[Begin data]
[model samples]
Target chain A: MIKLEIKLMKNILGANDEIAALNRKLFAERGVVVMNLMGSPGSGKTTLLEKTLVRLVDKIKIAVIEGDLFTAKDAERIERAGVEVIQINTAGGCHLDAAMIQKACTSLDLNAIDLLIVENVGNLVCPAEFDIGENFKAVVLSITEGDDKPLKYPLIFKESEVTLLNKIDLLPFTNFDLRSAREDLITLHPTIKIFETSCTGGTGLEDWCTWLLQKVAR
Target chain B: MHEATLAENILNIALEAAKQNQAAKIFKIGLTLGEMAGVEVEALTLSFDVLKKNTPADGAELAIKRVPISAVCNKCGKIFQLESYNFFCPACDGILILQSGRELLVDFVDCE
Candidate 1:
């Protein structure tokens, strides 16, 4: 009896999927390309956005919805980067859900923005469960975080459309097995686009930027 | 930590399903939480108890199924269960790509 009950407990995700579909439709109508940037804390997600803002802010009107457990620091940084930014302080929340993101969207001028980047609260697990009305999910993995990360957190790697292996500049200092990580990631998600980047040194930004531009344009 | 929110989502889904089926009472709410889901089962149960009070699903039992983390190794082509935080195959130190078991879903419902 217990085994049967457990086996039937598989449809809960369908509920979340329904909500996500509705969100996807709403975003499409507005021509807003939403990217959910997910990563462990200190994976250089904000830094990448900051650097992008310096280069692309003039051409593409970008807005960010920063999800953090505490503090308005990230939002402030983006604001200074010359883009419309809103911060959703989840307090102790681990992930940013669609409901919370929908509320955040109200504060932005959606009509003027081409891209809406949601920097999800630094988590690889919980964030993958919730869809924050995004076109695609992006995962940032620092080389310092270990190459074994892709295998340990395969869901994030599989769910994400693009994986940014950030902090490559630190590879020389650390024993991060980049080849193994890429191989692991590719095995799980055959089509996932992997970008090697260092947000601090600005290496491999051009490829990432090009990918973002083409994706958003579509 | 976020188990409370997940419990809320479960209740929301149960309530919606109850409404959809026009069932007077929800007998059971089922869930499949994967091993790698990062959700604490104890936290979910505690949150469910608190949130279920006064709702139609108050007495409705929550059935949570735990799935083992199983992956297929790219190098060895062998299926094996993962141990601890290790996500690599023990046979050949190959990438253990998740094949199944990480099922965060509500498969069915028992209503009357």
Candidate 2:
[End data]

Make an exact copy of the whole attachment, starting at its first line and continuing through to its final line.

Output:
[model samples]
Target chain A: MIKLEIKLMKNILGANDEIAALNRKLFAERGVVVMNLMGSPGSGKTTLLEKTLVRLVDKIKIAVIEGDLFTAKDAERIERAGVEVIQINTAGGCHLDAAMIQKACTSLDLNAIDLLIVENVGNLVCPAEFDIGENFKAVVLSITEGDDKPLKYPLIFKESEVTLLNKIDLLPFTNFDLRSAREDLITLHPTIKIFETSCTGGTGLEDWCTWLLQKVAR
Target chain B: MHEATLAENILNIALEAAKQNQAAKIFKIGLTLGEMAGVEVEALTLSFDVLKKNTPADGAELAIKRVPISAVCNKCGKIFQLESYNFFCPACDGILILQSGRELLVDFVDCE
Candidate 1:
């Protein structure tokens, strides 16, 4: 009896999927390309956005919805980067859900923005469960975080459309097995686009930027 | 930590399903939480108890199924269960790509 009950407990995700579909439709109508940037804390997600803002802010009107457990620091940084930014302080929340993101969207001028980047609260697990009305999910993995990360957190790697292996500049200092990580990631998600980047040194930004531009344009 | 929110989502889904089926009472709410889901089962149960009070699903039992983390190794082509935080195959130190078991879903419902 217990085994049967457990086996039937598989449809809960369908509920979340329904909500996500509705969100996807709403975003499409507005021509807003939403990217959910997910990563462990200190994976250089904000830094990448900051650097992008310096280069692309003039051409593409970008807005960010920063999800953090505490503090308005990230939002402030983006604001200074010359883009419309809103911060959703989840307090102790681990992930940013669609409901919370929908509320955040109200504060932005959606009509003027081409891209809406949601920097999800630094988590690889919980964030993958919730869809924050995004076109695609992006995962940032620092080389310092270990190459074994892709295998340990395969869901994030599989769910994400693009994986940014950030902090490559630190590879020389650390024993991060980049080849193994890429191989692991590719095995799980055959089509996932992997970008090697260092947000601090600005290496491999051009490829990432090009990918973002083409994706958003579509 | 976020188990409370997940419990809320479960209740929301149960309530919606109850409404959809026009069932007077929800007998059971089922869930499949994967091993790698990062959700604490104890936290979910505690949150469910608190949130279920006064709702139609108050007495409705929550059935949570735990799935083992199983992956297929790219190098060895062998299926094996993962141990601890290790996500690599023990046979050949190959990438253990998740094949199944990480099922965060509500498969069915028992209503009357």
Candidate 2: